This month we’ve added three sections to our library on Karma, Philosophical Dialogues, and Time.


The Buddha’s “Law of Karma” is simple in its basic formulation. The Buddha guaranteed karma’s moral directionality, thus:

It is impossible, it never happens, that a wished-for, desired and agreeable result should come of bad conduct […] It is impossible, it never happens, that an unwished-for, undesired and disagreeable result should come of good conduct ~ MN 115

And the Buddha also encourages us to “frequently recollect” our intimate relationship with our actions:

Kammassakomhi, [I own my actions]
Kamma-dāyādo [I am the heir to my actions] ~ AN 10.48

But working out precisely how karma works is “unthinkably” complex, as

anyone who tries to conjecture about the results of deeds will go mad or get frustrated. ~ AN 4.77

But, while we cannot understand the full complexity of karma, we can strive to better understand what the Buddha taught. For example, this article traces the wider cultural resonances behind the Pāli word ‘dāyādo’ giving us a more nuanced appreciation of that one line of chanting above.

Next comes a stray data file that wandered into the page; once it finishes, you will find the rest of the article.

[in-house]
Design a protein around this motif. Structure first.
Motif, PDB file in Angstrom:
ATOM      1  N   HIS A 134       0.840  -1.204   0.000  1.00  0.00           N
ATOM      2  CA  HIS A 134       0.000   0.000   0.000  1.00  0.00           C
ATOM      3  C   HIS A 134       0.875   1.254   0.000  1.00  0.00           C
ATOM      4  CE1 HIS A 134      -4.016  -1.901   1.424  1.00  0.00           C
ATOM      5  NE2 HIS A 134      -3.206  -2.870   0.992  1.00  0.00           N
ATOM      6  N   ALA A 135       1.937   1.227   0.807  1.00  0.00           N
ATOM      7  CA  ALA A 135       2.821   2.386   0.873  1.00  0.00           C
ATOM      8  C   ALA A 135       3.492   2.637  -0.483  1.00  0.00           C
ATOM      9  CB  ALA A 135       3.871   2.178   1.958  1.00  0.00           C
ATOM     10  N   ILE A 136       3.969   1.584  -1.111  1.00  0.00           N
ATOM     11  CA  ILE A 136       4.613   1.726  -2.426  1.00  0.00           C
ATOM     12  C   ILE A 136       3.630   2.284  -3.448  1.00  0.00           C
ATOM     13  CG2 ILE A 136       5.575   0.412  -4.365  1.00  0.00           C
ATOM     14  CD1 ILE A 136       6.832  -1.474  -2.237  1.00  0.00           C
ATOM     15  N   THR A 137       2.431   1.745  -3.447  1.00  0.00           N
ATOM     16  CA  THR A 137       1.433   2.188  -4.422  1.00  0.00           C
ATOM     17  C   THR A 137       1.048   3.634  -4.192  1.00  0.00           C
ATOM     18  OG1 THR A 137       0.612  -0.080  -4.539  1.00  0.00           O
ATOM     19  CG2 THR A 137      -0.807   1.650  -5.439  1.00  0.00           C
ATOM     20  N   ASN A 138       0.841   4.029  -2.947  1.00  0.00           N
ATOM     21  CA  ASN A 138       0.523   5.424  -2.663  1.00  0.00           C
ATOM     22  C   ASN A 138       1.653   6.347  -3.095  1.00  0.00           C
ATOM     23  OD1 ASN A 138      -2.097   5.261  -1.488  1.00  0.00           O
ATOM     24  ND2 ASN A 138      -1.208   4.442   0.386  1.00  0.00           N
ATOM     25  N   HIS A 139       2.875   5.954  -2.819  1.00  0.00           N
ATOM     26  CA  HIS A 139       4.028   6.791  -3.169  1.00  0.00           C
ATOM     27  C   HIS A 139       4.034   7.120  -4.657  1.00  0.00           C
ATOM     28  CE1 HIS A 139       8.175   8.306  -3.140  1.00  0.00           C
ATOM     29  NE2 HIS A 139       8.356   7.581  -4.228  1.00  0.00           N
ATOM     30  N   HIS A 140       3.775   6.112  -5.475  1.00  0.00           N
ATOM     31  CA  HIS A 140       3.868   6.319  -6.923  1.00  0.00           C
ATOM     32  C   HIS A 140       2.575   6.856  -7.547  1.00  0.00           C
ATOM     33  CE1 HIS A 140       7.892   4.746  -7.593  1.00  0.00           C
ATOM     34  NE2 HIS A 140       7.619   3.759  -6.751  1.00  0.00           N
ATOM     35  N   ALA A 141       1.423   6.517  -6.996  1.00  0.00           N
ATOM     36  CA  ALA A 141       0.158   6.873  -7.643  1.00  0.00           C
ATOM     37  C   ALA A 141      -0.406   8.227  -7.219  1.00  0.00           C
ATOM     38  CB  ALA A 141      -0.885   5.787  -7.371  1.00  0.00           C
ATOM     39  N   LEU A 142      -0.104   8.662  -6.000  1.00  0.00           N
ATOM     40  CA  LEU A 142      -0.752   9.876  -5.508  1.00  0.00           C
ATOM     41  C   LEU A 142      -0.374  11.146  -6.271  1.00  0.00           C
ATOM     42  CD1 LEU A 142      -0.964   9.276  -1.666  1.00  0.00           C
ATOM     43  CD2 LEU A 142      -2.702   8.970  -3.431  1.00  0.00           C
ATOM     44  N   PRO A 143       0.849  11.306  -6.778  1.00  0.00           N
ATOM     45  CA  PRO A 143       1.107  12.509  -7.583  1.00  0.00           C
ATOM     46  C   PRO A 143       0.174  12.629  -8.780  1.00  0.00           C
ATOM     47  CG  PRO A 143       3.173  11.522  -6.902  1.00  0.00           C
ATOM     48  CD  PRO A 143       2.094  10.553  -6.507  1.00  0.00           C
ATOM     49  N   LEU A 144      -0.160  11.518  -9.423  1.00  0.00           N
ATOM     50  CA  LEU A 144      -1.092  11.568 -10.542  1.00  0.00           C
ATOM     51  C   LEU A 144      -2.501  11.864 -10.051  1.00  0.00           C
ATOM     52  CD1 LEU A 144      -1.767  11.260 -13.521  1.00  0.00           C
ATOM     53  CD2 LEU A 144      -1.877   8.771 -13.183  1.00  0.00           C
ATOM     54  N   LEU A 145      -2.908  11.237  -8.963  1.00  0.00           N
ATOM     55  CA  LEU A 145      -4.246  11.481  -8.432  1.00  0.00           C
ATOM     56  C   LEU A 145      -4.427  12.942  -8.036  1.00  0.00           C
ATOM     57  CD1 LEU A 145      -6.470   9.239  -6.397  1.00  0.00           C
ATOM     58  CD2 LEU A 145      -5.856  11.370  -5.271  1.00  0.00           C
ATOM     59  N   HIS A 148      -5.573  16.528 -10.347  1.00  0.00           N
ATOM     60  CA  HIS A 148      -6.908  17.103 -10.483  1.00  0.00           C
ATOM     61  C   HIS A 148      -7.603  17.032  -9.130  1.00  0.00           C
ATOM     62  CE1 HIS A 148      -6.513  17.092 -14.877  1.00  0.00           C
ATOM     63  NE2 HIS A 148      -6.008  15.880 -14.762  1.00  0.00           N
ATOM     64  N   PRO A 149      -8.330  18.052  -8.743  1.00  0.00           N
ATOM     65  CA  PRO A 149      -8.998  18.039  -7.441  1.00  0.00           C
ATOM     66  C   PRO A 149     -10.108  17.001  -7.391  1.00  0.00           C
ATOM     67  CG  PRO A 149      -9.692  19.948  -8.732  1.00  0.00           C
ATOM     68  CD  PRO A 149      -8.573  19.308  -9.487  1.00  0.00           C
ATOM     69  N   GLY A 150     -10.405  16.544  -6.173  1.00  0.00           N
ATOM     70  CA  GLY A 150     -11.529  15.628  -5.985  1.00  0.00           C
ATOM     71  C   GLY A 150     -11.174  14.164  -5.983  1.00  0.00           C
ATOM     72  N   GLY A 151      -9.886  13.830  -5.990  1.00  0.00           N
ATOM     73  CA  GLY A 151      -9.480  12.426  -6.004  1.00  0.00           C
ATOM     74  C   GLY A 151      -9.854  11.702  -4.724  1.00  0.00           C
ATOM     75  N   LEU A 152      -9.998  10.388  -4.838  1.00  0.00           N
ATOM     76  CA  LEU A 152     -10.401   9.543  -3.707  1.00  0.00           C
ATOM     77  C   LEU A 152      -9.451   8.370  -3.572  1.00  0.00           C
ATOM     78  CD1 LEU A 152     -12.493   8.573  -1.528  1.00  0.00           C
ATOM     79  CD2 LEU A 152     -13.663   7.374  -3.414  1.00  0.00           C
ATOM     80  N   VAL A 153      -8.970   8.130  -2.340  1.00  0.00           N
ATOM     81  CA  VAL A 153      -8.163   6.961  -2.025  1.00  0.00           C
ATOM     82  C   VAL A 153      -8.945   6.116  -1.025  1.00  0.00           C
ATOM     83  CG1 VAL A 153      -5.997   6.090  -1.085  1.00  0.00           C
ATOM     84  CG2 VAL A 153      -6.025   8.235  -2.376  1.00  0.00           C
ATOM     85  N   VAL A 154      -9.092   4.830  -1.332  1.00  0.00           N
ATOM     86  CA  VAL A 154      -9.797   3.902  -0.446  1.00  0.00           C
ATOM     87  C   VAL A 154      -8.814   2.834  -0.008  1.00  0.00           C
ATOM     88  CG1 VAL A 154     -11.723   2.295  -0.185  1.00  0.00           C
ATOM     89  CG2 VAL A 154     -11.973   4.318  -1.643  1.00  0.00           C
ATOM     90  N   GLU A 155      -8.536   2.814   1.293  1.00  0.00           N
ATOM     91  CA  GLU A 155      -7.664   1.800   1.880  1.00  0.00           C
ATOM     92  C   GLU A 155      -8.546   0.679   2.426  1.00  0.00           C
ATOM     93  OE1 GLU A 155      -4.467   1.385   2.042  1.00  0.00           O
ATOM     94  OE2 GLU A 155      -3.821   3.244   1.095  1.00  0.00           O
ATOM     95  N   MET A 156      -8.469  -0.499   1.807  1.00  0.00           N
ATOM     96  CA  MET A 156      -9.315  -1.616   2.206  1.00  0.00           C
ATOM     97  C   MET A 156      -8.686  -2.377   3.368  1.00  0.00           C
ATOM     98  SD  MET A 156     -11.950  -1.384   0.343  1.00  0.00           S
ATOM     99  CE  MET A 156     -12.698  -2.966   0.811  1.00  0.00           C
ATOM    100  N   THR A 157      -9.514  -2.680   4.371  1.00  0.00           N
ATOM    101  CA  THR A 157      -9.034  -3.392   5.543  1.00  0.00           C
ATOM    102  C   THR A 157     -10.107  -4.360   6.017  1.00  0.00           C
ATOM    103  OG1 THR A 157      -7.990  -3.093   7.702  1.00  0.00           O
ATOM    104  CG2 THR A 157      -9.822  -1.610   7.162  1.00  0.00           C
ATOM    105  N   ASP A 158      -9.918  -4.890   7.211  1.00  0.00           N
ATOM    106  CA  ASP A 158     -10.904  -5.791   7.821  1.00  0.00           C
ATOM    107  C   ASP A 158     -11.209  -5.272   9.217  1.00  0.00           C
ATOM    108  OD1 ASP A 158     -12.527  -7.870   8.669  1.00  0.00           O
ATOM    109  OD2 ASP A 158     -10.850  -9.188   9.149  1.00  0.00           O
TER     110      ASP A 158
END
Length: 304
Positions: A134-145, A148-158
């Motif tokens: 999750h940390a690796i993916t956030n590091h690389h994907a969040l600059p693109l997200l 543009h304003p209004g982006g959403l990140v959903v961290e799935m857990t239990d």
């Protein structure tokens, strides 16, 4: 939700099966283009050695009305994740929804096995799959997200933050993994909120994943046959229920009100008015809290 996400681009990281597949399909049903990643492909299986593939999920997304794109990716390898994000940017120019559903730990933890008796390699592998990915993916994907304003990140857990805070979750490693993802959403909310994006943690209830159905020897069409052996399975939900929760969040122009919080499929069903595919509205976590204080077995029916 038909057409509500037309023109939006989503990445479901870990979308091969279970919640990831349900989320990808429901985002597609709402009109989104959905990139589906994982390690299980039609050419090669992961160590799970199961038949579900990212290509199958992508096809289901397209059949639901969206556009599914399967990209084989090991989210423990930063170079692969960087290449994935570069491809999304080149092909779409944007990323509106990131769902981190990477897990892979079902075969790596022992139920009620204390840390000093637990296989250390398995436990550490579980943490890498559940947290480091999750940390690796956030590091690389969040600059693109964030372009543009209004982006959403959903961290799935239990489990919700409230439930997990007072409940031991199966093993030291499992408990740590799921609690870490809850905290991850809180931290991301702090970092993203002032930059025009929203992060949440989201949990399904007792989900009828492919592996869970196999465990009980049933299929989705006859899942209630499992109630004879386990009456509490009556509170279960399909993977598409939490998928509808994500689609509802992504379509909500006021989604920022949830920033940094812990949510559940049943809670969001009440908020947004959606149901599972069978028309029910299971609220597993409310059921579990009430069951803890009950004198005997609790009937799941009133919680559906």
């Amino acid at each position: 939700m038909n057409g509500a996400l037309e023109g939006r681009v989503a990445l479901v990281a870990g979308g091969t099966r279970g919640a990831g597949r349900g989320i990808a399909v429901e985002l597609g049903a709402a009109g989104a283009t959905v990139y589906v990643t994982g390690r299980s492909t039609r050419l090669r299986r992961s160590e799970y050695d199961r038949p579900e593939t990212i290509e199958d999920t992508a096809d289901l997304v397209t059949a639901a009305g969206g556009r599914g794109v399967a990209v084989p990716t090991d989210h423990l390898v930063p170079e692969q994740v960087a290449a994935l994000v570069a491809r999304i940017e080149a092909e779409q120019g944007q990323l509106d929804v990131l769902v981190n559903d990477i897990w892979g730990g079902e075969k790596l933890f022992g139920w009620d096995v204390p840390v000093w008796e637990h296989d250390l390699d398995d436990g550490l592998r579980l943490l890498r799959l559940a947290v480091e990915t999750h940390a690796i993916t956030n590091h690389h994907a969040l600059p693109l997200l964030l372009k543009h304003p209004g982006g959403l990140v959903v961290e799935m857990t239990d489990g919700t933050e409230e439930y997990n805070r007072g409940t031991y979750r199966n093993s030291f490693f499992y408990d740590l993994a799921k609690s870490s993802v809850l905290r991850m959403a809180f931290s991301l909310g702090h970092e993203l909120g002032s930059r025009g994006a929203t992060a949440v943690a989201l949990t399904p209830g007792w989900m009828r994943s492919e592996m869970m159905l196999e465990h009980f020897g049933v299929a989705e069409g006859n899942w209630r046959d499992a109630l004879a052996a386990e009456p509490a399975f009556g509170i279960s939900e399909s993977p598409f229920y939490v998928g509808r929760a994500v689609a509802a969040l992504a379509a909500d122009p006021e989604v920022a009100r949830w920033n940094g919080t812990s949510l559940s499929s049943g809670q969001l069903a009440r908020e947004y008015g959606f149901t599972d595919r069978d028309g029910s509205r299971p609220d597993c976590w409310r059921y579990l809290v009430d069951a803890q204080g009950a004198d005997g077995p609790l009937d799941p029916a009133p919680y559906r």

I hope that this and the other free books, talks, suttas, and more that we’ve put together in our new bibliography will help you make sense of this “imponderable” philosophy—without driving you mad!

Buddhist Philosophy in Dialogue

Over the ages, Buddhists have discussed many such subtle points of their doctrine as this with each other. These discussions form one way of viewing the arc of Buddhist history.

For that version of the story of Buddhism, you could certainly do worse than reading Kalupahana’s History of Buddhist Philosophy which strikes a refreshing balance between the early and later Buddhist perspectives, giving an excellent overview of its titular subject.

And in the rest of our bibliography on Buddhist dialogue, you’ll find a variety of other instructive and interesting topics in Buddhist philosophy which continue to shape the religion today.


And for the larger arc of human history, I’m pleased to share with you a new bibliography on “Time”.

There you will find a mix of books about history along with works on the philosophy of time and the science of history, such as this fascinating paper on why people have always felt that the world is getting worse.

Regardless of whether the world truly is getting worse or not, however, I do hope that you and I will continue to progress in the Dhamma together.

Until next “time”…

Your Librarian,
Khemarato Bhikkhu